Monday, June 24, 2013

Where's the literary fiction?

There was some controversy recently about a piece in Salon claiming that "most contemporary literary fiction is terrible."  There was a side claiming "Right on!", a side claiming "How dare you?" and the majority side of "Huh?"  But the odd thing about the piece is that nowhere is any writer or any title named.  Literary fiction terrible?  All of it?  Or just certain tendencies? Maybe it's just the experimentalists, maybe just the realists, maybe just the prize-winners - it's just not stated.

So where to start looking?  Conveniently critic Ted Gioia has given us a list of The New Canon: The Best in Fiction Since 1985.  (You can see another list that's also called The New Canon and includes mostly the same books.)  First thing to note is that "fiction" doesn't mean fiction - he means literary fiction which is just another genre but one that's marketed itself as somehow superior, just like Subway has created the idea that its junk food (seriously, look it up) is somehow healthful.  Even within that category it seems somewhat thin and mostly American.  So don't bother looking for William Gibson, Alan Moore, Cathleen Schine, Patrick O'Brian, George R.R. Martin, Tana French, Neal Stephenson or whoever.  But does The New Canon have any bearing on the State of Literary Fiction?  I've read 17 of the books and many of the rest have read others by the author for informed guesses.  The two Denis Johnson books I've read mean I'd expect Tree of Smoke to be substantial - the three Bolano books I've read mean I'd expect 2666 to be insignificant.

But the thing is that if this is the best modern literary fiction then it is indeed in sorry shape.  House of Leaves is ridiculous - the sort of thing you'd get from somebody who's read descriptions of avant-garde fiction but none of the actual work.  It's like comparing a child's play with Tinkertoys to an actual building.  The Brief Wondrous Life of Oscar Wao is simply bullshit, an 80s teen sex comedy dressed up for the lit fict ball but commercial trash is still commercial trash.  A Visit from the Goon Squad mixes badly conceived writing exercises with weakly researched settings (the punk doesn't ring true) and utterly misunderstood science fiction.

Those are just the bottom of the barrel - some of the rest is decent enough though hardly worth going out of your way to read. Cloud Atlas has some fantastic sections but never comes together while The Amazing Adventures of Kavalier & Clay suffers from a similar lack of clarity (and some misconceived structural elements).  And why the first Harry Potter book?  To show Gioia is open-minded?  Philip Pullman's His Dark Materials books are vastly better than Rowling's in every conceivable way (except sales I suppose) - in fact they're better than almost anything on the New Canon list.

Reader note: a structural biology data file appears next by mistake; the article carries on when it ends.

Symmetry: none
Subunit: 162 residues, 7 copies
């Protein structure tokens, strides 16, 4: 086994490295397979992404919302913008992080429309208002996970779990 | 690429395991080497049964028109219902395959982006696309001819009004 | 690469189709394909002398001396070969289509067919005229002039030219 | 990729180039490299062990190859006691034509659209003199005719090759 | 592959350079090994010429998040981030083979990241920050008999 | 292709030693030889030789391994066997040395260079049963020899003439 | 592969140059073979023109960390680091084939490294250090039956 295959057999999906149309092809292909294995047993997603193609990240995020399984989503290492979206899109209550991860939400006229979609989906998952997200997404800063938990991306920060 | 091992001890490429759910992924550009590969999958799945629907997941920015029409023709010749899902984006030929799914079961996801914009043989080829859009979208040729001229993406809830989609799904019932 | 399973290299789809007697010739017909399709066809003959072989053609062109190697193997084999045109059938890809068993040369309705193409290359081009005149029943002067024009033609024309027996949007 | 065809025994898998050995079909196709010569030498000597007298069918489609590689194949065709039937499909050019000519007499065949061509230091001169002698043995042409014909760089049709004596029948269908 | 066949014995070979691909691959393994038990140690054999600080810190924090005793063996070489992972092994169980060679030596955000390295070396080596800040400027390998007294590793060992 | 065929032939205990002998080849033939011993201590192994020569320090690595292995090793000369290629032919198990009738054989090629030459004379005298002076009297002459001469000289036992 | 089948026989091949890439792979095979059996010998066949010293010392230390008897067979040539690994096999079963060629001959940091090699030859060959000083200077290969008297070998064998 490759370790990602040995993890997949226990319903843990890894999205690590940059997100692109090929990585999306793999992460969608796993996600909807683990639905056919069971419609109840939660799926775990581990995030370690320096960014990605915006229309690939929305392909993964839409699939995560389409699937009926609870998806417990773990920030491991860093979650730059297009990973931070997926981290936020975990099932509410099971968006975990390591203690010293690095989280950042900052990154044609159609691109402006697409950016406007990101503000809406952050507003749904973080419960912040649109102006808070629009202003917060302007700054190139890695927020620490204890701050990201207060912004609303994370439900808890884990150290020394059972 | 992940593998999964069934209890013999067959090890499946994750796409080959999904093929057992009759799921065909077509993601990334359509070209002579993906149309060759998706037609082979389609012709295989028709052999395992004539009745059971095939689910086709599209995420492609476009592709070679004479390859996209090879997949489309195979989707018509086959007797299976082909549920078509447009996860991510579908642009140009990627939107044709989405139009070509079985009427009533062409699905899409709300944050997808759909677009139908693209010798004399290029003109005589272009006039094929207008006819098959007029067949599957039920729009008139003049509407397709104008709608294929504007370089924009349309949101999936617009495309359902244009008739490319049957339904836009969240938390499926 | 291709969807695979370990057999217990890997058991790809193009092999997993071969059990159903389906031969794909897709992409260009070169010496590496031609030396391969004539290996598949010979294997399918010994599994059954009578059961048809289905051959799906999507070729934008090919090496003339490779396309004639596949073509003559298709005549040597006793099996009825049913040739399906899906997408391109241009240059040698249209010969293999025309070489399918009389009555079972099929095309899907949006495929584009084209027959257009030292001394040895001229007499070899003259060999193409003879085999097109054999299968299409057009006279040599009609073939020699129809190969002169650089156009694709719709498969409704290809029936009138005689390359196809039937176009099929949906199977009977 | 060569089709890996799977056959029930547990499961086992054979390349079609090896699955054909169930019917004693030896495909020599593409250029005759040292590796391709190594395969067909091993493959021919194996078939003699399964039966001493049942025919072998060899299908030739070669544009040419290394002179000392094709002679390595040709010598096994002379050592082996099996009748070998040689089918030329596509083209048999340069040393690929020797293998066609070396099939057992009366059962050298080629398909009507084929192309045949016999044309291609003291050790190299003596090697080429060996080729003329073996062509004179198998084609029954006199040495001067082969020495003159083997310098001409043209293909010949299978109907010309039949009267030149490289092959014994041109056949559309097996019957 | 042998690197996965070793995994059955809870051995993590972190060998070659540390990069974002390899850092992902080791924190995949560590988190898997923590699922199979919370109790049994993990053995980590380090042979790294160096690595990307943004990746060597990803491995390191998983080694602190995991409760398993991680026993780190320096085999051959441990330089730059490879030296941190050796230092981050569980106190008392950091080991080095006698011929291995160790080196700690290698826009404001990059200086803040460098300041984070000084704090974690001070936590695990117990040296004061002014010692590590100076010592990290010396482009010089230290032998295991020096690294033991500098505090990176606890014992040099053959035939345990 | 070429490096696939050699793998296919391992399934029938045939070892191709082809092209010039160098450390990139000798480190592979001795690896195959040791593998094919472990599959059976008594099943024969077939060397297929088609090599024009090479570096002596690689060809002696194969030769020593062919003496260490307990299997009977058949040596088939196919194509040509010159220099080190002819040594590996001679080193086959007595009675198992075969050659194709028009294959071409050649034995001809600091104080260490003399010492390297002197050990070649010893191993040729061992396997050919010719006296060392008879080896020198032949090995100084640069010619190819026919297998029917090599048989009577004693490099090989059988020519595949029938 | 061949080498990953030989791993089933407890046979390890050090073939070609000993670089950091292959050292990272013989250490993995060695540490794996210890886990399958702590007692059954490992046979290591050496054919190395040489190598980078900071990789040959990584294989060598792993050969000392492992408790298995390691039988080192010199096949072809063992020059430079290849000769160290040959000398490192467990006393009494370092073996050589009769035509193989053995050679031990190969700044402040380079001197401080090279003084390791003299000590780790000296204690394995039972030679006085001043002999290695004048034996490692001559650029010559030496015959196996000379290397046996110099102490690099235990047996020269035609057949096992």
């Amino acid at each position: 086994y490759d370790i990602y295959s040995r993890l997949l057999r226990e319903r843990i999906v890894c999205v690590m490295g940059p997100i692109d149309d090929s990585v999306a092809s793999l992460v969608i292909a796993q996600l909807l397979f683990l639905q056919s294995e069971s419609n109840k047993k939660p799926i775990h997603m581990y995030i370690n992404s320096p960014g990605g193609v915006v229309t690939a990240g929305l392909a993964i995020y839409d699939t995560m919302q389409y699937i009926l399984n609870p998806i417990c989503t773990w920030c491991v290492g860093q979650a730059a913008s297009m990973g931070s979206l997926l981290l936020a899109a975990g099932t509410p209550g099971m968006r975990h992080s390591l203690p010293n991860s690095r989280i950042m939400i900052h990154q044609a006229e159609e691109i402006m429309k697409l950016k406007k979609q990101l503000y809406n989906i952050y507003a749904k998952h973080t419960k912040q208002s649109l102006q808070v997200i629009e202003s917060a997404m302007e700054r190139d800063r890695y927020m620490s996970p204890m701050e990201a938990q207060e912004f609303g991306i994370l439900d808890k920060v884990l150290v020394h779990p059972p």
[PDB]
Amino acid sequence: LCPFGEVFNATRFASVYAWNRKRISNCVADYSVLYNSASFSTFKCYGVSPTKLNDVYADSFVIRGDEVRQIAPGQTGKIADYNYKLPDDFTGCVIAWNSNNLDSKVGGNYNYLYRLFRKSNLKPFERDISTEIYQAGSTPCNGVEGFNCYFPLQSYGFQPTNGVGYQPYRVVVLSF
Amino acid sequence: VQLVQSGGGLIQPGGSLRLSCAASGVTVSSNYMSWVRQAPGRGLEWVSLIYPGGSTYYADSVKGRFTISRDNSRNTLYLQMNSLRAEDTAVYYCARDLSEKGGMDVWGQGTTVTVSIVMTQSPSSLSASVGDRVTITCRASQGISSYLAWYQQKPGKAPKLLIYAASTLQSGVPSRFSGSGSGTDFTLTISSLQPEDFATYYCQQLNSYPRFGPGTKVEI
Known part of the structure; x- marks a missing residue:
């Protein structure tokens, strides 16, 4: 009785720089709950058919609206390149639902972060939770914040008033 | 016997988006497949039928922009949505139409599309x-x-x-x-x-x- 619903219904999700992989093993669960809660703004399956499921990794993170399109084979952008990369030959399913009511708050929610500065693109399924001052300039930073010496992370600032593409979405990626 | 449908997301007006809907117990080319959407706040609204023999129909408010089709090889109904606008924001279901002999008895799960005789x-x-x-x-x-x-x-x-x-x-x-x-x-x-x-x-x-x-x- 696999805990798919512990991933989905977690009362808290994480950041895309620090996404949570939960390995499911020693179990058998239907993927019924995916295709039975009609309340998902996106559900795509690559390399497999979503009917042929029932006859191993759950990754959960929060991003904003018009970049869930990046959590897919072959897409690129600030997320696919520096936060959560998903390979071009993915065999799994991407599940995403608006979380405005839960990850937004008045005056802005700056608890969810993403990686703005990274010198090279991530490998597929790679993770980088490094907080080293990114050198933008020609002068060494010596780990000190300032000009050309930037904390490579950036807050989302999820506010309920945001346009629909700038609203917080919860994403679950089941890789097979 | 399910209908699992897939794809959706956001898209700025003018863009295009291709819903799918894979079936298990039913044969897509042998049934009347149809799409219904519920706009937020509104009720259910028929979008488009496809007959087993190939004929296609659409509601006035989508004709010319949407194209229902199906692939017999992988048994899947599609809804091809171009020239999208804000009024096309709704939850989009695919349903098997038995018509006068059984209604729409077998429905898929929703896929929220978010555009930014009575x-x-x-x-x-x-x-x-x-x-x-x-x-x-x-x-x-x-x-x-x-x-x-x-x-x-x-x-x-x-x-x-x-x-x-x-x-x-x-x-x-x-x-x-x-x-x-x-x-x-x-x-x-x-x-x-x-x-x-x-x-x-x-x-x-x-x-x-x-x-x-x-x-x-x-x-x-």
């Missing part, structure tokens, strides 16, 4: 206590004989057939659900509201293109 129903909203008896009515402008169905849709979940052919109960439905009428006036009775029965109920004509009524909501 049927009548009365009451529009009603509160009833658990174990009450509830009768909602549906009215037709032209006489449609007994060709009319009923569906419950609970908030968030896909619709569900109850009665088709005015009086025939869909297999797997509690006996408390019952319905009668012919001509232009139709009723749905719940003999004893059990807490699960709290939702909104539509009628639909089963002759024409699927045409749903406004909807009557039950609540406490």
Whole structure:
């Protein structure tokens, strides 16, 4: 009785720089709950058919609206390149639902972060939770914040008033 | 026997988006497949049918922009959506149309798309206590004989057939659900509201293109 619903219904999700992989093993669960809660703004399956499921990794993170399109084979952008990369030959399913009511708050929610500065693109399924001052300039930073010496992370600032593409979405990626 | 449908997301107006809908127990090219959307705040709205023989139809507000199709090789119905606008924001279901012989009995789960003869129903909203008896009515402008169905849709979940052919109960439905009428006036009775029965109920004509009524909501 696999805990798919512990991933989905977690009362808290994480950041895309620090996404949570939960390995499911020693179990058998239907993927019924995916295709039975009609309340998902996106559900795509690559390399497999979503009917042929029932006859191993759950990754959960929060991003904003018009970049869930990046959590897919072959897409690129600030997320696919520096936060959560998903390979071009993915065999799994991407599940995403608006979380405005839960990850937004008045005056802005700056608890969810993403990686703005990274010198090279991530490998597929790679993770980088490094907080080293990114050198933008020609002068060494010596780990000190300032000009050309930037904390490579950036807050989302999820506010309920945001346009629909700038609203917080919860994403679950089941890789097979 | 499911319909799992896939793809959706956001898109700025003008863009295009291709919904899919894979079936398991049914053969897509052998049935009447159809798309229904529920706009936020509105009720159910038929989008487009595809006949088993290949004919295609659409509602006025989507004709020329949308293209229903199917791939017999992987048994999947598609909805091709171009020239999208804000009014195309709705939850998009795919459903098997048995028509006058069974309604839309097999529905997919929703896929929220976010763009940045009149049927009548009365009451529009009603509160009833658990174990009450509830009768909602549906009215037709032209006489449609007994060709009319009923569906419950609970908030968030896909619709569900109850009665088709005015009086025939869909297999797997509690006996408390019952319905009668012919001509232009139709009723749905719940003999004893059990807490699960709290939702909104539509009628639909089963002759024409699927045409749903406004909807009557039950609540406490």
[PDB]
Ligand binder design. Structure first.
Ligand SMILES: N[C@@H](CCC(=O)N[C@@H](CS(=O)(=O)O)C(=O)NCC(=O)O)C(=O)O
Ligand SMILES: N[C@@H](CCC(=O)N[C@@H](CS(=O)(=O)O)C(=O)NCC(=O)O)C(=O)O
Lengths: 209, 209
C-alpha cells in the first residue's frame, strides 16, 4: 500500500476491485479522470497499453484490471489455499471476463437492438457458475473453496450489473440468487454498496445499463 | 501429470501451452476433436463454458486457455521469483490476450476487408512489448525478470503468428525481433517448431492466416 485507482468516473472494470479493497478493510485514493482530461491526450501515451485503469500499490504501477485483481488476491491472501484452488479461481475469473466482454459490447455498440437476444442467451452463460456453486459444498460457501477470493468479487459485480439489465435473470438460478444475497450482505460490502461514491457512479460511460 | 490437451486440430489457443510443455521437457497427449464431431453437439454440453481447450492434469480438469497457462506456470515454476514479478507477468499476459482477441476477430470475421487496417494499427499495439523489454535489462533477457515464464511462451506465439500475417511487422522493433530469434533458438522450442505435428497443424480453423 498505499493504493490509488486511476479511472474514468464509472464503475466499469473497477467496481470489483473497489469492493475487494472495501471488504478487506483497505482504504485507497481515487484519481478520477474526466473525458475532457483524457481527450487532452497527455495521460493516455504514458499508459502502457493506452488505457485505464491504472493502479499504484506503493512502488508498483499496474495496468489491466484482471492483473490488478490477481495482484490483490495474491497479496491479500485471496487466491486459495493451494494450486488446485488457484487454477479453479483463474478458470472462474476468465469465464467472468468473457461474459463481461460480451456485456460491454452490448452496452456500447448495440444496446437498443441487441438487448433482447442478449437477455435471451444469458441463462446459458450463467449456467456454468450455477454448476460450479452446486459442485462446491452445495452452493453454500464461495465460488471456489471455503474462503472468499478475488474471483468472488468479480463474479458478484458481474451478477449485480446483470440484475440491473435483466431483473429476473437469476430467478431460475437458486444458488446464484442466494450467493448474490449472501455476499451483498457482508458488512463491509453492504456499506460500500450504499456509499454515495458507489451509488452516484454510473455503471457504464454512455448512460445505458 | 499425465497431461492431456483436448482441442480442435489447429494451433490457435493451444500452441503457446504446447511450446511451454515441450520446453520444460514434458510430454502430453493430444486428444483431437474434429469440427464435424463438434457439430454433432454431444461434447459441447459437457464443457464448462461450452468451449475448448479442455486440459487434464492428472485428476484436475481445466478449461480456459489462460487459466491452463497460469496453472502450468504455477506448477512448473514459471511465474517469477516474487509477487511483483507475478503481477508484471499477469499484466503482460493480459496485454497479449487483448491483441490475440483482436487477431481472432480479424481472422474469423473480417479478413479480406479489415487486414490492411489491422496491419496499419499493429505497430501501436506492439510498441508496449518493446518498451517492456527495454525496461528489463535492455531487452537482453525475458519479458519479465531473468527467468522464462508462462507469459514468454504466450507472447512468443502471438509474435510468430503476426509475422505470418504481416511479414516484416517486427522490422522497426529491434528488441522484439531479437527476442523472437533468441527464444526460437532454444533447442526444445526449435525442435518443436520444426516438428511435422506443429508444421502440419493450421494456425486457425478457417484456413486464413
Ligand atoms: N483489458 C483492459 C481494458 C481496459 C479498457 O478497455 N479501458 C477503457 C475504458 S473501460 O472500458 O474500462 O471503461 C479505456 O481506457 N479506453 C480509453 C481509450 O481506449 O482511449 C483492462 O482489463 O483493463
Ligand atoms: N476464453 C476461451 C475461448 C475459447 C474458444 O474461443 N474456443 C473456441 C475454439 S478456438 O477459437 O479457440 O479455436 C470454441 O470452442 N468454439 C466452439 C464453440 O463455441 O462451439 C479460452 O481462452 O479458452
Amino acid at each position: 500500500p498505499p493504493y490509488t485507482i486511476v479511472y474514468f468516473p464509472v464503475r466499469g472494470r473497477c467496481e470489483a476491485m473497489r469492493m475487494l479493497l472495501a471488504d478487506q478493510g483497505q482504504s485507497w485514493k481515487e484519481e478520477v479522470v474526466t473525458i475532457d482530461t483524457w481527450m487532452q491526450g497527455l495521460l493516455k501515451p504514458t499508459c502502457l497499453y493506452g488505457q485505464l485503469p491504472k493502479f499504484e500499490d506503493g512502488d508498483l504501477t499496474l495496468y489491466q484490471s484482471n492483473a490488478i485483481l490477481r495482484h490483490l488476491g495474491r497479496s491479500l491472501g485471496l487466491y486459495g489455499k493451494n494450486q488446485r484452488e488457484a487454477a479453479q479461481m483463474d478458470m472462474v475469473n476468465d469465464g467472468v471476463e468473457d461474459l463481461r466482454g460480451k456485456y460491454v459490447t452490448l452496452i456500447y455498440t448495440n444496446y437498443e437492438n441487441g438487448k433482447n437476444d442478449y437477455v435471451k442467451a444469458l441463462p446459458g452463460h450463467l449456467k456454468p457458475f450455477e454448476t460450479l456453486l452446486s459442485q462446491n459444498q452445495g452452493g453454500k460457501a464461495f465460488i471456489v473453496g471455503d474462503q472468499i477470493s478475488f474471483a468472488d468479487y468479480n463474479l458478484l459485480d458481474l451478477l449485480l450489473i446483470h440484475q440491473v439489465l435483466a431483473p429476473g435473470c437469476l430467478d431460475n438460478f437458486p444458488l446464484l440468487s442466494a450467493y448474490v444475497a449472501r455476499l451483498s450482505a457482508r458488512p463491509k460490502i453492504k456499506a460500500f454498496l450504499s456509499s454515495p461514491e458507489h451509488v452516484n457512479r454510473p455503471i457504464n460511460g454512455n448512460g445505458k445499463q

But there's something more important about the Salon piece that's overlooked and that's his claim that writers shouldn't pay so much attention to current fiction.  I've heard that literature classes up until the war (WW2 if that's unclear) didn't teach recent books because the feeling was that students would acquire that on their own.  Something like that is hard to prove but from reading lists and accounts I've seen it does seem to be more or less true.  The situation has shifted so that the recent is dominant.  I once worked with a poet studying for a masters in comparative literature and the number of authors she had never heard of was astounding.  I don't mean hadn't read, I mean didn't even know the names, just an endless list.  Certainly she was an extreme example but I think the Salon piece is right that writers would be far better served by not reading anything under, say, 50-60 years old.

I do realize that here I'm mixing up what a writer should be reading - which is basically everything - and what an educated person (in whatever sense you want to take that) should be reading.  Back when Harper's had its Annotations column Christopher Hitchens wrote on the margins of a college reading list something like "Read widely, read deeply".  Easier said than done of course but that is Salon's point.  Restricted to just current literary fiction means a writer lacks the tools and perspective to do more than echo other current writers.  And of course the same is true for SFF writers who tend to read only that or mystery writers who read only that and so on.  This goes for non-writers who have a serious interest in the form - if you're seriously interested in music you'll listen to all of it, in film see all of it, you get the idea.  The worthwhile work can be anywhere.